1. ## Pi check

hello everyone. So here is the story behind this program. I was in math class and I was using my calculator to see what I could divide 360 by to get pi (as close as I can get). But it was taking forever so I made a program that should do it for me but the while loop never stops. That is my problem so can you help.

Code:
```#include <stdio.h>

main()
{

double getpi = 115;
double findpi;
double pi = 3.141592;

while (findpi != pi)
{
printf("\ngetpi = %f findpi = %f",getpi,findpi);

getpi = getpi - .000001;

findpi = 360/getpi;
printf(" findpicheck %f",findpi);
}

printf("found your pie :D findpi = %f getpi = %f",findpi,getpi);

getch();

}```

2. Turn on your compiler warnings. 'findpi' is used uninitialized.

Quzah.

3. I see that but does that matter that it isn't. Not relatively speaking, but for this program.

4. This can be solved using simple algebra much easier than writing a program, especially if you have access to a calculator.
360/x = 3.141592
360 = 3.141592x
x = 360/3.14592
x = 114.433933...

Initialize findpi to something before you compare it, because you are comparing something that's uninitialized which isn't good. It could make for an unlikely case where findpi is equal to pi and the while loop never executes (although extremely unlikely) Also, %lf for doubles, %f for floats. Also, main should be an int, and return 0 usually.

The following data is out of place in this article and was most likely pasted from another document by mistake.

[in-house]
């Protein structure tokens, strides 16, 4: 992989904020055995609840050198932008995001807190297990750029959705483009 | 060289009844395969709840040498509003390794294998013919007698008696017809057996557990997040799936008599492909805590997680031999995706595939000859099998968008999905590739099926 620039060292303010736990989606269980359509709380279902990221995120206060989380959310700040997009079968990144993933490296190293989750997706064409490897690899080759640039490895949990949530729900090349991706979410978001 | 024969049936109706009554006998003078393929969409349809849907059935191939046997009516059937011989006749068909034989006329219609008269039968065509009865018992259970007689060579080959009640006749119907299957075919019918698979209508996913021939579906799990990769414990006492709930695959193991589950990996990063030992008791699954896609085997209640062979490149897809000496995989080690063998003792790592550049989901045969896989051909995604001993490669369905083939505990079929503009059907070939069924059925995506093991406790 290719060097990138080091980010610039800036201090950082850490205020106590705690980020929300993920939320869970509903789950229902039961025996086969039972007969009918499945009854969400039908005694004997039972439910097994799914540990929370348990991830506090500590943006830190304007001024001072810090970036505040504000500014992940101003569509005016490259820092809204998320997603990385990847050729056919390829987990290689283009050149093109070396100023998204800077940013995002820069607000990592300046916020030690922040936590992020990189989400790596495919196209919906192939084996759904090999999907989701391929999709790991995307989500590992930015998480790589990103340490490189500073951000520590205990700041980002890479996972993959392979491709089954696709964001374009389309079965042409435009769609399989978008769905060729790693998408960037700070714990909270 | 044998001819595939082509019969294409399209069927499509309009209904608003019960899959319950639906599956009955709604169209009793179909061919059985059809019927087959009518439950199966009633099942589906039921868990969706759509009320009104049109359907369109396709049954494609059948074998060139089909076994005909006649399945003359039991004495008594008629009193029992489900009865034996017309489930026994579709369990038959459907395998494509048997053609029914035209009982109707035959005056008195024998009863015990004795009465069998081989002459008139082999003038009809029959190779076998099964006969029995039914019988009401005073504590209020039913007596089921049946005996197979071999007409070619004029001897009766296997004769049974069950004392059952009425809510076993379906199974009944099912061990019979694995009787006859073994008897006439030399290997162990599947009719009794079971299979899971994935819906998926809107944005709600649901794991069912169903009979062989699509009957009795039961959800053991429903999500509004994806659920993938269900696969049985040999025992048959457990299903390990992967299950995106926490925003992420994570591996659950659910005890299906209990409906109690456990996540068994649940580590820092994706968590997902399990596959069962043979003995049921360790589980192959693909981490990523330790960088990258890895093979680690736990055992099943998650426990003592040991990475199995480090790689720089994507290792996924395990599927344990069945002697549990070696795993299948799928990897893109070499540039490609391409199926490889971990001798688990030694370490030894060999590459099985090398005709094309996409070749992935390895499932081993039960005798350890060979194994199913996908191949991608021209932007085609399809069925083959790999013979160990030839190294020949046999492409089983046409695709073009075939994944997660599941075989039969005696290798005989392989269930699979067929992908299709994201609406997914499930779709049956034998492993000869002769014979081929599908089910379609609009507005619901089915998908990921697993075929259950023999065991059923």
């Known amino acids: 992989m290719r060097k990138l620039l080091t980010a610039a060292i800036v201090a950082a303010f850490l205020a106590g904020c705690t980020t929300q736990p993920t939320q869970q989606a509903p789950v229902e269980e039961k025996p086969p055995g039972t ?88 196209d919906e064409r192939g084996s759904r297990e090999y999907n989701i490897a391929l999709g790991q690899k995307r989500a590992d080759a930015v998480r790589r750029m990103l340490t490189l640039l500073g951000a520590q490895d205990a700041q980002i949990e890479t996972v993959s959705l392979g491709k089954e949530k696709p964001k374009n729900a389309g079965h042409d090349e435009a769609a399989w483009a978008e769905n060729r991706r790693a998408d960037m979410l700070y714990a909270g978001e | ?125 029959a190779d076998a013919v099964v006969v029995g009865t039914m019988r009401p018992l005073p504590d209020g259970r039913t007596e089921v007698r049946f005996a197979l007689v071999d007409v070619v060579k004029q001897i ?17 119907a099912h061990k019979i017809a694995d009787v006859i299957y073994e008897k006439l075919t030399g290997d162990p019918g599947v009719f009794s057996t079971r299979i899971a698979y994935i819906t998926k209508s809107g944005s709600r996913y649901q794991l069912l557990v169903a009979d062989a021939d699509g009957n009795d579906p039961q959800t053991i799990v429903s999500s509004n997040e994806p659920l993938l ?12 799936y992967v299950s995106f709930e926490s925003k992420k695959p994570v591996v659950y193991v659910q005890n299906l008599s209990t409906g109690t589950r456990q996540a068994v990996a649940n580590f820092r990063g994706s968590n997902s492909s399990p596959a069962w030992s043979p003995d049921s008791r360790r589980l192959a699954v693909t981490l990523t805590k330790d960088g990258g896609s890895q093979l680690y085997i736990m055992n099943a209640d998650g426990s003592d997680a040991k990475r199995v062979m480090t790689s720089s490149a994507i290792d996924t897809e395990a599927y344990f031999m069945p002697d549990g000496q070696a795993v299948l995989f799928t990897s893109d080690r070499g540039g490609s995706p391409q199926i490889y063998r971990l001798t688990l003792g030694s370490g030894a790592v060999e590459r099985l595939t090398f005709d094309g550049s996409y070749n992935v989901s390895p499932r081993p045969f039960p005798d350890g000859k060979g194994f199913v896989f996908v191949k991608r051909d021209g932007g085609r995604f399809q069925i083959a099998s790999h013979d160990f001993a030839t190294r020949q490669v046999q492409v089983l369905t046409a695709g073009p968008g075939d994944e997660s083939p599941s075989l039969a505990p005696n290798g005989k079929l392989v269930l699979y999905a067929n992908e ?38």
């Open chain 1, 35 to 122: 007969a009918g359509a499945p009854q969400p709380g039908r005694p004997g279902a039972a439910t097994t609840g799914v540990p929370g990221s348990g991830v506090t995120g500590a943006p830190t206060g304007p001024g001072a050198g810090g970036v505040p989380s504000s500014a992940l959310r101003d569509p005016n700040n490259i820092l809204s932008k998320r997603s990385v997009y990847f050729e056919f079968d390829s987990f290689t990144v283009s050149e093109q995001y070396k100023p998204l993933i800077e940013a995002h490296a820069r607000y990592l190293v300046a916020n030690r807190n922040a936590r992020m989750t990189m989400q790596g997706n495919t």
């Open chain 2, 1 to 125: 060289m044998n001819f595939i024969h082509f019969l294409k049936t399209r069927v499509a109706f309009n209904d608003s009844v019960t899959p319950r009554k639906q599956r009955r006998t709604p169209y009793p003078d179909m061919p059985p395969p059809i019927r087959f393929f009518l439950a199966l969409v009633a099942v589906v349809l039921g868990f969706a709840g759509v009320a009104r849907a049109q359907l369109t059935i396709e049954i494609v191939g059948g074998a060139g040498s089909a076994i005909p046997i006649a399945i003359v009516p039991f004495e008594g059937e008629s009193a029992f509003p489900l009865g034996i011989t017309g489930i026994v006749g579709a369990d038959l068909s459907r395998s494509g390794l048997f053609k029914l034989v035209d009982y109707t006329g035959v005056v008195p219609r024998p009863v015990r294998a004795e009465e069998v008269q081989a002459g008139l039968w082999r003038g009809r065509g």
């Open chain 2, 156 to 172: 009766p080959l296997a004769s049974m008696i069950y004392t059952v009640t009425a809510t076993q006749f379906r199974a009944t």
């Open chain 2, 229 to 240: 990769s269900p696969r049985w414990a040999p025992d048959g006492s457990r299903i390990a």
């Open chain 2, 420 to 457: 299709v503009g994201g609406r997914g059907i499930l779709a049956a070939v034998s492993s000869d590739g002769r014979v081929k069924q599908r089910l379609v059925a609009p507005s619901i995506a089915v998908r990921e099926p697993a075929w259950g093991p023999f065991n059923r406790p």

http://en.wikipedia.org/wiki/Binary_...ions_in_binary
http://www.cprogramming.com/tutorial...ing_point.html

You could use an epsilon, or perhaps a library/compiler's implementation of floating-points using decimal representations http://gcc.gnu.org/onlinedocs/gcc/De...#Decimal-Float || http://gmplib.org/

5. Yea I guess you are completely correct. I cant believe I overlooked the algebra problem. :P

6. Originally Posted by xniinja
Yea I guess you are completely correct. I cant believe I overlooked the algebra problem. :P
You're not alone.

A significant percentage of people who ask for help in these forums overlook simple algebraic solutions that give precise (or even exact) results quickly. Instead they persist in using expensive brute-force computational methods to find an inaccurate solution slowly, on the basis that algebra is "too hard" (i.e. requires understanding).

7. But you never know. Perhaps the programming exercise was to teach iterative methods to arrive at an approximate or ever improving result.

8. Originally Posted by nonoob
But you never know. Perhaps the programming exercise was to teach iterative methods to arrive at an approximate or ever improving result.
Read the first post. He was playing with his calculator, and decided to see if he could do the same thing in code.